In a post to his blog Ivan Enderlin talks about a move that his team at Automattic (the company behind WordPress) made away from using PHPUnit for their application testing over to atoum and some of the reasoning behind it.
Few months ago at Automattic, my team and I started a new project: Having better tests for the payment system.
[…] This post is a summary about what have been accomplished so far, the achievements, the failures, and the future, focused around manual tests. As the title of this post suggests, we are going to talk about PHPUnit and atoum, which are two PHP test frameworks. This is not a PHPUnit vs. atoum fight. These are observations made for our software, in our context, with our requirements, and our expectations. I think the discussion can be useful for many projects outside Automattic.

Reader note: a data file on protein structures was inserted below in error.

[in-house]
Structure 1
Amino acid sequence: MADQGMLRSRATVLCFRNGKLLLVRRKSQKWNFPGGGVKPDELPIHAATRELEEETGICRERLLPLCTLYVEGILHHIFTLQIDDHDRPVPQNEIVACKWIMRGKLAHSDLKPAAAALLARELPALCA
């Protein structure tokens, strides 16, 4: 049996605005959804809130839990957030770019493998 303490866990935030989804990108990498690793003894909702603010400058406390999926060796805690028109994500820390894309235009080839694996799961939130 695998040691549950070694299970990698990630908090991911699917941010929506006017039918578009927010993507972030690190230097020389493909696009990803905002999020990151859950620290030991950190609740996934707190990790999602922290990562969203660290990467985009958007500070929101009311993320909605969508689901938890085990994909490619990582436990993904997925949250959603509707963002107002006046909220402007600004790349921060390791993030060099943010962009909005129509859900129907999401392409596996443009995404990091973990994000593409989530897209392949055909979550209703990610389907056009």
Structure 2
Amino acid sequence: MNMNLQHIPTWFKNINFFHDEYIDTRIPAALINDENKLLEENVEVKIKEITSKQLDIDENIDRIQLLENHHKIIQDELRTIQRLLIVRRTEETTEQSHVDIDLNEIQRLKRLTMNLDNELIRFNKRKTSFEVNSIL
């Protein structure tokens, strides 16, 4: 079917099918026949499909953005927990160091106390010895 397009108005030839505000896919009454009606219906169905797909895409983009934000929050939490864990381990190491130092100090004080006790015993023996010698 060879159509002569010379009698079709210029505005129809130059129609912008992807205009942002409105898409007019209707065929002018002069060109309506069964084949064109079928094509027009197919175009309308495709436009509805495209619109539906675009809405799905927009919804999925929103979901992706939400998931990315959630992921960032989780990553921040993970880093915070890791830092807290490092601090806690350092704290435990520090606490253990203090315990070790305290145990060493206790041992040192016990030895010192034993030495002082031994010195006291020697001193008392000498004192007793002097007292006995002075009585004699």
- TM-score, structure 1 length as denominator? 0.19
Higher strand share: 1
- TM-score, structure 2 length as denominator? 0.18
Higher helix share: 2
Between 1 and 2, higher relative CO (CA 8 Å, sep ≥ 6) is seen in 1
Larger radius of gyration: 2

He starts off by talking about the state of the project and testing before they made the switch and where they wanted to end up. He mentions the complexity of the code as one reason for the change and his own contributions to the atoum project. He then covers some of the requirements they had for the new testing tool, how atoum met some of these goals and some of the difficulties they faced during the transition.
The post ends with details about some of the positive and negative aspects of the change including increased code testability (good) and issues moving the whole company over to a new testing tool (bad).